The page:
“At the time, we were stepping out on a ledge. What we found with service members, while it was a lot like the drug court model, vets require peer-to-peer interactions with people who understand what they’ve gone through serving in the military.”

While he called being a prosecutor “a wonderful job,” Sprowls said being in court day in and day out brought him “as close as you could get to right a wrong, but it was at the end of the line. . . .

“The victim was already hurt. You can’t go back and rewind the clock. This defendant was trapped in a school of failing students. I can’t go back and fix that. I can’t convince that person not to be a criminal and get on the path to prosperity.”

As much as he loved being in the courtroom, Sprowls said, he realized he could do more in the hallways of the Florida Legislature to help Floridians.

He’s most proud of one of the first bills he filed that allows parents to send their kids to any school in the district as long as there is room.

“They shouldn’t be trapped by the neighborhood they grew up in. That shouldn’t trap someone from getting a world-class education,” Sprowls said.

He’s also proud that last session the Legislature passed the School of Hope bill that supports for-profit charter schools as an option for children attending poorly performing public schools.

“I truly believe those kinds of legislation change lives,” he said.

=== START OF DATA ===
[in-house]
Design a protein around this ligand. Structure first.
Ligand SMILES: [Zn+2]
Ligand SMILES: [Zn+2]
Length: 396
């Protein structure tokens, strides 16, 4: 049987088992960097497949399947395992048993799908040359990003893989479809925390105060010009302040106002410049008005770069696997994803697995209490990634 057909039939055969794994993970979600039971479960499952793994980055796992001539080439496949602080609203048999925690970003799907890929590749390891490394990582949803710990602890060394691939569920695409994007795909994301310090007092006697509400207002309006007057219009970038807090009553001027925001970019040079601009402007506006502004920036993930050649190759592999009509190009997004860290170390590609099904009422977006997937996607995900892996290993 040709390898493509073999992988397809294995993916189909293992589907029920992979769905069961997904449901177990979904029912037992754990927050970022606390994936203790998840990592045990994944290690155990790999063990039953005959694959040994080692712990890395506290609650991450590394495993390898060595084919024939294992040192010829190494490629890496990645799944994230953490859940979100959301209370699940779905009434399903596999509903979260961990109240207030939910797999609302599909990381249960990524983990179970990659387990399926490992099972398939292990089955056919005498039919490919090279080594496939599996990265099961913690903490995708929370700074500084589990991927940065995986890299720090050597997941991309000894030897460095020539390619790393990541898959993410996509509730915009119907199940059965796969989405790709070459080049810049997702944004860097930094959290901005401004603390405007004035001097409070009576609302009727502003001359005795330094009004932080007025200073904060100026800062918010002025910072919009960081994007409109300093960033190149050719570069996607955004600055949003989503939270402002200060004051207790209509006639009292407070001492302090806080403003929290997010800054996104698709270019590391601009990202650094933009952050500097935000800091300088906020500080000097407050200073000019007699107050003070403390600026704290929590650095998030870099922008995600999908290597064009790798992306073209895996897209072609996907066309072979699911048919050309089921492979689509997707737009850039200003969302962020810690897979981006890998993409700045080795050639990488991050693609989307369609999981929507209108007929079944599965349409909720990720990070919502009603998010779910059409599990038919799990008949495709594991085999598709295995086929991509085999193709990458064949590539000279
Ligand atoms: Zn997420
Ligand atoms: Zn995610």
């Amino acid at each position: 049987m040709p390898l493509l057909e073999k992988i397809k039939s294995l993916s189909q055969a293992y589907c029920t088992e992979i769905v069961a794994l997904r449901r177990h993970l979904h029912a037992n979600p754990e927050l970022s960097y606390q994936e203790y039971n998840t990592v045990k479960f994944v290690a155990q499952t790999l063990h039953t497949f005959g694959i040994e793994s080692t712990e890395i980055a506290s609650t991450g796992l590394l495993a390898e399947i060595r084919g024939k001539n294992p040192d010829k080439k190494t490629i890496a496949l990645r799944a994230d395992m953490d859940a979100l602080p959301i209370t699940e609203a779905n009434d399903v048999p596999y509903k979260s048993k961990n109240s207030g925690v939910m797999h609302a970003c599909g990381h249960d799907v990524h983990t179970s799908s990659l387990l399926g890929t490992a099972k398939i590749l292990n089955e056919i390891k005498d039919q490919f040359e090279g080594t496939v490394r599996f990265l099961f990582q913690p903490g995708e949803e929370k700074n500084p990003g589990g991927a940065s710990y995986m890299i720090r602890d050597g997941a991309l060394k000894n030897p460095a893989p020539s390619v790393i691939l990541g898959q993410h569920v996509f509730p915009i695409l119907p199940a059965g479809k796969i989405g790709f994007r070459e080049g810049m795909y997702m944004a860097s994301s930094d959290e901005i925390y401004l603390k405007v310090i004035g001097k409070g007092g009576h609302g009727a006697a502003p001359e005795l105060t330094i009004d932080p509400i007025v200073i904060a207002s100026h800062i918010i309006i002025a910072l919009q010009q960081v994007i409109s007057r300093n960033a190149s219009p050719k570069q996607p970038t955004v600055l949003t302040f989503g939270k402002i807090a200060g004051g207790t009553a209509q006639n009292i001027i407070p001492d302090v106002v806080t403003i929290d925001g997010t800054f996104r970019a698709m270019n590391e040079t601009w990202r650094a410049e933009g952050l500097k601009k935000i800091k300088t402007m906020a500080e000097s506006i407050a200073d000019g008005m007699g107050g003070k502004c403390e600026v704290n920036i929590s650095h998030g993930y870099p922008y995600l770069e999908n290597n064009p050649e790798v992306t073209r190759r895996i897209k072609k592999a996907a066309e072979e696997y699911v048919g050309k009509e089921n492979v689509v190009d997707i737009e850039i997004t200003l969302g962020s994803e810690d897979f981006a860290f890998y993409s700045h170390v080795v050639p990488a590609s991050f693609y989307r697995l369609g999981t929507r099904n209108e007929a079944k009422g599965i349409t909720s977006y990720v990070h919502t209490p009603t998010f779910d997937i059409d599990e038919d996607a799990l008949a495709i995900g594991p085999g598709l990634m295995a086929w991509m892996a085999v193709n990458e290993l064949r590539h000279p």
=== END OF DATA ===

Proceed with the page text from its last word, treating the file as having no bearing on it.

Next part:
Another proposed bill he supported did not pass last session and is opposed by The Florida Bar: term limits for appellate judges.

“I’m not sure if it will come up again, but I voted for it several times,” Sprowls said. “I voted for it because I believe in term limits. I believe term limits have a positive effect on government. Anytime you tell someone their service is valuable, but limited, you have the best opportunity to get the best out of people.”

He understands the argument against term limits for judges, that it would adversely affect the independence of the judiciary.

To that, Sprowls said, “Each branch is separate and independent. I don’t believe because we are term-limited in the Legislature that we are less independent than the judiciary. In my view, the issue is: What is the best government we can provide for Floridians? I think term limits are healthy for the legislative branch, the executive branch, and I would think they are healthy for the judicial branch, with appellate judges.”

One of the issues he plans to explore and prioritize as chair of the Judiciary Committee is “looking at the integrity of the criminal judicial system and do a better job of the collection of data and reporting that data.”

Sprowls said he wants more uniformity and transparency in how criminal justice data is collected, analyzed, and reported so there can be a better evaluation of failures and successes.

He wants the information to be easily searchable and available to everyone in the system, from state attorneys to public defenders to judges to legislators, as well as the public.

That data, he said, would include sentencing, pleas, trials, and conviction rates. Asked who would be in charge of collecting, analyzing, and reporting the data, Sprowls said, “We will deal with it as we approach the session. You will see the conversation. We need to lead on the issue and make sure it’s all available.”

Last year, Sprowls joined Buchannan, Ingersoll & Rooney in Tampa, as of counsel, practicing business litigation.

He is married to Shannon Long Sprowls of Orlando, and they have two children, Prescott and Conrad.

[Revised: 12-09-2017]